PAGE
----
Persian Daf Instrument
The daf, is a large Kurdish and Persian frame drum used in popular and classical music. Daf also used in religious ceremonies among Kurds. The Daf also considered as the national musical instrument of Pakistan.
The instrument is depicted in mesolithic cave painting at Lakha Juar, Bhimbhetka and in Assyrian Empire relief. The Pahlavi name of the daf is dap. Some pictures of dap have been found in paintings that date before the Common Era. The presence of Iranian dap in the reliefs of Behistun suggests the daf existed before the rise of Islam. Shunga art and Mathura art carved panels around 2nd BCE – 2nd CE, also show ancient Indians playing this instrument by beating it with metal or wooden sticks like dholak or simply using their hands. Dafs were part of religious music in Iran much before Sufism.
Daf & Nowruz
Nowruz and other festive occasions have been accompanied by daf in Sassanid periods. This traditional or classical music was created by Barbod the Great and was named the khosravani after the mythical king Khosrow.
The art of daf playing in Iranian Kurdistan and other parts of Iran has reached us by the effort of Iranian Sufis; especially in the 20th century. The daf still functions as an important part of Persian art music (traditional or classical music) as it did in ancient times. It successfully encourages many young Iranians to take up learning this ancient instrument.
Tips For Purchasing A Good Persian Daf Instrument
The history of frame drums based on the ancient times. The persian daf is one of the ancient musical instrument in Iran and neighboring countries.They have strong and dramatic sound with a simple structure and used both in spiritual rituals and entertainment gatherings. Daf instrument is known as one of the oldest frame drums from the ancient history of Asia and Africa. In Sufi culture, they use daf for spiritual chanting and Iranian musicians integrated that successfully in Persian music. The player usually holds the persian daf with left hand (for right handed players). Persian daf has four main techniques. Using these four techniques, all different rhythms and sounds can be produced on Daf. The right hand techniques are called “Tom” and “Bak” and left hand techniques are called “Chap” and “Zanjir”. In Iran, Sufis use persian daf during their Zikr rituals (spiritual chanting); in recent years Iranian musicians have successfully integrated it into Persian music.
What are the different types of daf?
Solo daf is a model specifically designed for solo performances. The jingles have a high pitched clear sound. It has a higher-tone and a voluminous sound. The soloist plays the instrument easily by relaxed finger movements on the surface.
The skin of the daf might be affected by the humidity because of the natural materials used in the making process. A studio daf is a special model produced to prevent the changes on tightness of skin. It helps to play the instrument for the whole performance without worrying about the changes of the tune.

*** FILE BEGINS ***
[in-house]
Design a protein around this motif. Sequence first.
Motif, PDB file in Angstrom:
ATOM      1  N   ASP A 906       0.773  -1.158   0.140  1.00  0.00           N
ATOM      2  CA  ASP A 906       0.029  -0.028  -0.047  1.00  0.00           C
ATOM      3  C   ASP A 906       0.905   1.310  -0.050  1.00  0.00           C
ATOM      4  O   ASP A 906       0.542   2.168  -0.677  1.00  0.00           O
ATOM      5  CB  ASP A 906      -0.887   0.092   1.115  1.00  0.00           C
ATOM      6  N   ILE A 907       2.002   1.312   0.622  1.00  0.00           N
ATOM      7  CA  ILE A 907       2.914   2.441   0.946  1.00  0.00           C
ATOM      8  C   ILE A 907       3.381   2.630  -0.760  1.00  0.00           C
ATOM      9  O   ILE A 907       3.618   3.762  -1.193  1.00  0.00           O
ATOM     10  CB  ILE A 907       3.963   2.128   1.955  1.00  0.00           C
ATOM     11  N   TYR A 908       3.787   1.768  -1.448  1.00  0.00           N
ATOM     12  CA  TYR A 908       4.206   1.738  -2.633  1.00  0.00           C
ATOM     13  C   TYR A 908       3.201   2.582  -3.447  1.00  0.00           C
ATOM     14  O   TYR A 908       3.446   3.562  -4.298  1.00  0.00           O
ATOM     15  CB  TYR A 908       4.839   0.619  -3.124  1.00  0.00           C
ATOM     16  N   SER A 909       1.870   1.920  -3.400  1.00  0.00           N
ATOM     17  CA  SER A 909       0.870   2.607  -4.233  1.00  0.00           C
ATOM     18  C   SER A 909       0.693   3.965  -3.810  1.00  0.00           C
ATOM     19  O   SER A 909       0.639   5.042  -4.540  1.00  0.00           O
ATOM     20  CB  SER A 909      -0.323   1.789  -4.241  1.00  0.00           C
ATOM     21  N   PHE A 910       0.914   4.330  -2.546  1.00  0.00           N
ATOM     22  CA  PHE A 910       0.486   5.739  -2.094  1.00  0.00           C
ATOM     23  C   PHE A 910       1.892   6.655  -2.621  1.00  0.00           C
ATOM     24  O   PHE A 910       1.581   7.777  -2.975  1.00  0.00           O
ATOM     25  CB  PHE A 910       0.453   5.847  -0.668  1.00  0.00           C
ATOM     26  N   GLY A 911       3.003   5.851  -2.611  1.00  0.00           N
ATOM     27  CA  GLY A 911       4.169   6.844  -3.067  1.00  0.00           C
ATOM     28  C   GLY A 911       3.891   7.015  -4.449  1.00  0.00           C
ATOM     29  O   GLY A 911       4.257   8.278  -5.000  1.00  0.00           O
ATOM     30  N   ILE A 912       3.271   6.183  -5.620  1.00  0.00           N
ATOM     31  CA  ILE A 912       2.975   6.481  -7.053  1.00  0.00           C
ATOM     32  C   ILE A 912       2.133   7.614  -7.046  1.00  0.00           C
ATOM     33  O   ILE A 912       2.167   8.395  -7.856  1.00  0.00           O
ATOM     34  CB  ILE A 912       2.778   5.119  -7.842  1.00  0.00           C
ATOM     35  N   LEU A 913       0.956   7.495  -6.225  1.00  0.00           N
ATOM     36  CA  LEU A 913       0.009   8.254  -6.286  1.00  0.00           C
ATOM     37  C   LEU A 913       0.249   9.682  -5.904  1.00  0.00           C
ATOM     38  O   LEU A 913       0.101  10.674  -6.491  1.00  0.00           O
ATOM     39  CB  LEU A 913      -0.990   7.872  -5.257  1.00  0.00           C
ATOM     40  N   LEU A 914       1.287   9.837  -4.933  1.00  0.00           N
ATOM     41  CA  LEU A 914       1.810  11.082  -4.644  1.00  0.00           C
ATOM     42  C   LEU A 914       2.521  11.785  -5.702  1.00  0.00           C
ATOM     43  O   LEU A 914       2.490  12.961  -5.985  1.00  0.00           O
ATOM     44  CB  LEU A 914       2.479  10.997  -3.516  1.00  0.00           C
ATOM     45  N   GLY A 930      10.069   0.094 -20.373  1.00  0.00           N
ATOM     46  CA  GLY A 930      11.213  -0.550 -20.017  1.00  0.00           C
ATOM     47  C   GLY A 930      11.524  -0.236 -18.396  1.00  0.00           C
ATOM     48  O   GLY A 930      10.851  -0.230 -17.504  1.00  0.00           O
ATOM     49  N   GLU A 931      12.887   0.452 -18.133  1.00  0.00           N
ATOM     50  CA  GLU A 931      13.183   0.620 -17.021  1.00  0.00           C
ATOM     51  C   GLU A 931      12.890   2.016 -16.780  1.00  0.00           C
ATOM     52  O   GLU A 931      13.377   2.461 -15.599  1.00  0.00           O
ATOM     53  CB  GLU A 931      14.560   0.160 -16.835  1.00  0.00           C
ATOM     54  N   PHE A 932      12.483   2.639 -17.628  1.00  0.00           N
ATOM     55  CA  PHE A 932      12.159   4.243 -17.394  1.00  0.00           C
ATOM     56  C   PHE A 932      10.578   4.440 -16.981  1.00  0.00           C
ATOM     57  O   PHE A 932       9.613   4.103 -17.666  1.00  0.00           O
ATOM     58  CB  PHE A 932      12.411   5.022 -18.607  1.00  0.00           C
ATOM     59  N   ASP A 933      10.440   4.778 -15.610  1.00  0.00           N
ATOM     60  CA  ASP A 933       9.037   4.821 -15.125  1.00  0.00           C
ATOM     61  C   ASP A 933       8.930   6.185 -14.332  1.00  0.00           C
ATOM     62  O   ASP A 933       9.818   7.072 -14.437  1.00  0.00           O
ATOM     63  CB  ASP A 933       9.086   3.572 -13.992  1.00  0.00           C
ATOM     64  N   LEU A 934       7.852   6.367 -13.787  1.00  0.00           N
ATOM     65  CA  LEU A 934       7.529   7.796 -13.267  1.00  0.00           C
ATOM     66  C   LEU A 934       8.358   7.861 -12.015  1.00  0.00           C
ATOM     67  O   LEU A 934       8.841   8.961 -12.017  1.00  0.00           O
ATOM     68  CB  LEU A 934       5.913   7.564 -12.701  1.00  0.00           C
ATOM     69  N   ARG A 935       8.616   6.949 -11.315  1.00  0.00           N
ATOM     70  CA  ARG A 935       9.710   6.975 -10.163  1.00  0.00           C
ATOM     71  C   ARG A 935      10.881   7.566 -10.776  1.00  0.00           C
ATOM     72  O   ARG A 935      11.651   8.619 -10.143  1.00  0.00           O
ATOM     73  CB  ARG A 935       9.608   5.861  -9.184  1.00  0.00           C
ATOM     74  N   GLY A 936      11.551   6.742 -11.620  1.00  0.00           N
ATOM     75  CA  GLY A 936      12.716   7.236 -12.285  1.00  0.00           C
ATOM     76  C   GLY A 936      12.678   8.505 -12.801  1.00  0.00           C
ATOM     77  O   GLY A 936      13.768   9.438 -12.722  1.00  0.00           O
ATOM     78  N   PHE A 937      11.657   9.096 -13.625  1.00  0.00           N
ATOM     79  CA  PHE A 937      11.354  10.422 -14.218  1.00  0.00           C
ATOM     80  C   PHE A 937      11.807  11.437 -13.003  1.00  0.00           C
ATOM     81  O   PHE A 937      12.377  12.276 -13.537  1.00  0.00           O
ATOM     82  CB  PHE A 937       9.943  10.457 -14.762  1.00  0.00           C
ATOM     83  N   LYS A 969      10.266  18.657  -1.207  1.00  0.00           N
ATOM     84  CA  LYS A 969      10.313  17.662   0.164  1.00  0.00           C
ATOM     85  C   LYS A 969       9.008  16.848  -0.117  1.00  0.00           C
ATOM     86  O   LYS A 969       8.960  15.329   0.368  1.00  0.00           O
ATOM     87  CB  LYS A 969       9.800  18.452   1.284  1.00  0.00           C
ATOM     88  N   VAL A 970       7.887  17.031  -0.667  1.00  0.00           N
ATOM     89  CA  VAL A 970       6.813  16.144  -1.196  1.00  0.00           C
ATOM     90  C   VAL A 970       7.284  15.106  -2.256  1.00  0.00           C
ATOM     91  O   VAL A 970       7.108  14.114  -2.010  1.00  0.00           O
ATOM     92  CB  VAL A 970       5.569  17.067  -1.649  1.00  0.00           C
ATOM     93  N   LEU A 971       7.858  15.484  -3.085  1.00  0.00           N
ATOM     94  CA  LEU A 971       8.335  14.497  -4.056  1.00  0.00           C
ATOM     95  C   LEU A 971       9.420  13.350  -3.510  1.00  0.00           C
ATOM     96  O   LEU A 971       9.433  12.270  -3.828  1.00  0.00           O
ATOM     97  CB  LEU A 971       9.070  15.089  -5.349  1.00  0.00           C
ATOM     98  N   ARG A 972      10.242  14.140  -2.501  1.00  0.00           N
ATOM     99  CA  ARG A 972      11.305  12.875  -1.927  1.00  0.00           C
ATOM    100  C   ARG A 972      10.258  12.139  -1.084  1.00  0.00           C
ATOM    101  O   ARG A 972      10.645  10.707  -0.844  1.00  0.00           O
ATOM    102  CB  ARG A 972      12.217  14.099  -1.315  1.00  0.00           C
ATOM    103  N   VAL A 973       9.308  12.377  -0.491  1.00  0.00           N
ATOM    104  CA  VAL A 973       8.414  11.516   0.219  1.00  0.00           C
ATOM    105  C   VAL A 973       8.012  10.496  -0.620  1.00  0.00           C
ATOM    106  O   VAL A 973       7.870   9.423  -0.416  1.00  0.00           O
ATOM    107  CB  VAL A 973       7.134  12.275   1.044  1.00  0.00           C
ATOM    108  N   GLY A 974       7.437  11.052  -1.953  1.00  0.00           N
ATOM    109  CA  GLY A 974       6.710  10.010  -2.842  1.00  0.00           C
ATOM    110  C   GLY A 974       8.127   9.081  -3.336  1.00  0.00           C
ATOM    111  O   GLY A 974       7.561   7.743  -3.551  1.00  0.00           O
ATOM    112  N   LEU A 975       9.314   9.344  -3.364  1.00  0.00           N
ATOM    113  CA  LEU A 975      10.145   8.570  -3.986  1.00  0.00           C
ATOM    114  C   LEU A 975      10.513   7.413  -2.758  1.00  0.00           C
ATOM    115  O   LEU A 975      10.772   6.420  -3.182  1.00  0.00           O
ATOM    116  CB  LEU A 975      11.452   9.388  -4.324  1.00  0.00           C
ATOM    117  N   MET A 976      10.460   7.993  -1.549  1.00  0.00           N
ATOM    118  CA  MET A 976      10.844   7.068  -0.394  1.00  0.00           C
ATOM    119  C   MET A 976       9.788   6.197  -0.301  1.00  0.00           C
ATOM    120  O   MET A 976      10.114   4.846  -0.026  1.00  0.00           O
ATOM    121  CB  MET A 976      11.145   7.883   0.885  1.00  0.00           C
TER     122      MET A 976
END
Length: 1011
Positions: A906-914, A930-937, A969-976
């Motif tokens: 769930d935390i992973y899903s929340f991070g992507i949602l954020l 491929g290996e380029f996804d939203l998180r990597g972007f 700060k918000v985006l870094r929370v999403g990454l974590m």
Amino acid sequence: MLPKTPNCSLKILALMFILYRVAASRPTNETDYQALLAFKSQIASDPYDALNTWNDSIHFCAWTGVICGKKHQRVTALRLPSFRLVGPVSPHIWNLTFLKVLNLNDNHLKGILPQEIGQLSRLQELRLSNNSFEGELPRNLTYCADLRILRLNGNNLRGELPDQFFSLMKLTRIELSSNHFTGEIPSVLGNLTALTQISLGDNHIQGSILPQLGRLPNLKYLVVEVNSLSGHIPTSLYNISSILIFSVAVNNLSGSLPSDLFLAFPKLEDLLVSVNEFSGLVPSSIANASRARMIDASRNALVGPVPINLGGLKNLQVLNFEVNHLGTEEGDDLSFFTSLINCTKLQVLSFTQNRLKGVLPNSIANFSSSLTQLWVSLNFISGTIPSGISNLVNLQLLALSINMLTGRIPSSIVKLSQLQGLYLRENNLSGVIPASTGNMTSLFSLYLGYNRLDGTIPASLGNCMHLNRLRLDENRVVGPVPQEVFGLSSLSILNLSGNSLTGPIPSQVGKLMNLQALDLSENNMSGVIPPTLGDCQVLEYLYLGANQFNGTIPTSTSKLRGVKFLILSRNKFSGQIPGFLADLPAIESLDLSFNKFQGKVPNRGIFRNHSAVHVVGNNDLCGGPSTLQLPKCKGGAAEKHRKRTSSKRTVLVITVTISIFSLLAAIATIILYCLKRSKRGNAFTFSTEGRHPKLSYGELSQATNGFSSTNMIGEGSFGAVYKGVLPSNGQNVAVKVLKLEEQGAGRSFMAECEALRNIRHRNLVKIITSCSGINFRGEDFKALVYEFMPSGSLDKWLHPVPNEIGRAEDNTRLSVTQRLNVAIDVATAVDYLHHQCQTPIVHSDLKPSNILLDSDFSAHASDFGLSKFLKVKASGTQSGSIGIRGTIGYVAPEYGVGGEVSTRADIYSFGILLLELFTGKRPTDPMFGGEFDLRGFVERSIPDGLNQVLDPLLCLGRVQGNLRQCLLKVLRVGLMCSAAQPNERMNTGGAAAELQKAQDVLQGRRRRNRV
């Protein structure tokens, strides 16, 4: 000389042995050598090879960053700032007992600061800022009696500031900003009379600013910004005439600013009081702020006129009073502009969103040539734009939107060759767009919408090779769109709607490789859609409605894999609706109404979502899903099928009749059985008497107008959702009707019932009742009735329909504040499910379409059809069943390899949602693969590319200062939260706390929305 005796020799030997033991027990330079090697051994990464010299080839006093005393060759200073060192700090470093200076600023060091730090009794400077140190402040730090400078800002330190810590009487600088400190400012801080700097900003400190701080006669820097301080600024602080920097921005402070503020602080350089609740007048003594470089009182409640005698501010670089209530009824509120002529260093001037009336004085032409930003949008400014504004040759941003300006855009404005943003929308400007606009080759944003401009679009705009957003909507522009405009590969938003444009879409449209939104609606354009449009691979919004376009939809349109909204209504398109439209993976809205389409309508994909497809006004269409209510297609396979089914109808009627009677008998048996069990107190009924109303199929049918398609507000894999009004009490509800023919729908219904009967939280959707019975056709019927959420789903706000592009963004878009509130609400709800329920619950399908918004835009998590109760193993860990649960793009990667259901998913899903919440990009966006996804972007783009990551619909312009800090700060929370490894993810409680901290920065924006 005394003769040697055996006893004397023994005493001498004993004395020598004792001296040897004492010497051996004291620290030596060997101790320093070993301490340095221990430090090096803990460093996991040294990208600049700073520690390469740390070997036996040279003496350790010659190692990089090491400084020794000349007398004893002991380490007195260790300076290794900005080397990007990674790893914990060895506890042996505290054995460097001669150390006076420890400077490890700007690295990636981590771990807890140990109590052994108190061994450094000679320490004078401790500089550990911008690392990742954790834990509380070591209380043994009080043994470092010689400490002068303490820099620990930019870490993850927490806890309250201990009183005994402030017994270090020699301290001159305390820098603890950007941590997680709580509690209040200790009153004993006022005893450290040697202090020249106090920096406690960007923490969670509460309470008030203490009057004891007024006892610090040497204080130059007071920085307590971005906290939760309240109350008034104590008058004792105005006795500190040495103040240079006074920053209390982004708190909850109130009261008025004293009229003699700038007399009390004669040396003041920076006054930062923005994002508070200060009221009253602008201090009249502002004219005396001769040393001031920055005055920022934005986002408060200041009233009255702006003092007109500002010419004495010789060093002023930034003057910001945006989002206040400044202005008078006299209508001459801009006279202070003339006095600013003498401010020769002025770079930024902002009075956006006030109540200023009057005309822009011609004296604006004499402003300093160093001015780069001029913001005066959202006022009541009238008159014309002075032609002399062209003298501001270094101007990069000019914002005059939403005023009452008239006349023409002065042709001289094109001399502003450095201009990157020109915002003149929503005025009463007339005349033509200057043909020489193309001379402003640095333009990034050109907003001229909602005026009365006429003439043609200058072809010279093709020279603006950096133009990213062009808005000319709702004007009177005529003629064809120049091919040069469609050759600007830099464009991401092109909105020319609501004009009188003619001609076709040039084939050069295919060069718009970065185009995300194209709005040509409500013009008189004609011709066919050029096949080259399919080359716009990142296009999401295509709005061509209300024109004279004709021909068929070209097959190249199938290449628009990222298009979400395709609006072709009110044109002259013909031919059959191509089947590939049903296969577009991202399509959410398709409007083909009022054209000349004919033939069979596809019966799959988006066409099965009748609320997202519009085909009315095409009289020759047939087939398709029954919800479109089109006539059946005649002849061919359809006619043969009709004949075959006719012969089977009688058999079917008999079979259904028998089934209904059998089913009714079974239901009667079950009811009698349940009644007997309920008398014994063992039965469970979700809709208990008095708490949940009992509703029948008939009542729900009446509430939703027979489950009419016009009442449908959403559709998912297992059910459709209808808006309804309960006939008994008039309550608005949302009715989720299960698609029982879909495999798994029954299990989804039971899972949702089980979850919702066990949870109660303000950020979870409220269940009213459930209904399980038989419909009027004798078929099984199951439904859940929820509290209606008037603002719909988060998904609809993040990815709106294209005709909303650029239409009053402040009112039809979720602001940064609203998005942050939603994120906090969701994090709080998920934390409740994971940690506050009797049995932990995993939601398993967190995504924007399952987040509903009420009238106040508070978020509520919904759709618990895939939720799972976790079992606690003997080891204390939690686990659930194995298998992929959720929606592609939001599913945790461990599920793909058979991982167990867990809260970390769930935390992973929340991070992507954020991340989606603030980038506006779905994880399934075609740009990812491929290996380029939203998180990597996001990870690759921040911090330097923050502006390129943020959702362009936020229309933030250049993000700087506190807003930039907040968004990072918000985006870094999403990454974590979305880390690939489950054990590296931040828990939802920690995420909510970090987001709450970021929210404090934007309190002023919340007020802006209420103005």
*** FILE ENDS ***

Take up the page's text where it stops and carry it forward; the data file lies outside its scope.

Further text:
The daf instrument is a strong voiced instrument. But in an orchestra this strong voice could kill the sound of the other instruments. To avoid this problem in an ensemble, the player should use an orchestra daf which has a lighter soft sound that blends warmly with other instruments.
The bass daf is a model which is larger and has a thicker skin. This helps it to catch a fuller, deeper and more appropriate bass sound.
Treble daf is another specialized style, designed to catch high notes. They are also suitable for winter performances.
How to play the daf?
Hold the instrument in front of your body. Place the left hand at the 6 o’clock position and the right hand at the 3 o’clock. The rings should face towards the player while drumhead faces away. The three beginning strokes are; bass toned “dum”, high pitched tone “tak” and another high pitched but softer and slightly muted tone “ka”. The dum and tak strokes are produced by right hand while the ka stroke is made by the left hand.
To create the dum stroke, keep fingertips together in a little arc position and hit the center of the daf with the tips. It will help the daf bounce and creates a deep, bass tone. For the tak sound use four fingers and hit the instrument slightly from the edge. To create the ka stroke, twist your left wrist hit with four fingers slightly from the upper edge of the frame.
Playing of the daf involves arms, wrists, hands and fingers working together at the same time. The hands and the wrists help player hold the instrument firmly while fingers creates the sound. At the same time arms get lower or rise up and shake the frame to produce simultaneous movements with the head and the rings. Hand and finger techniques create a wide range of tonal and rhythmic variations.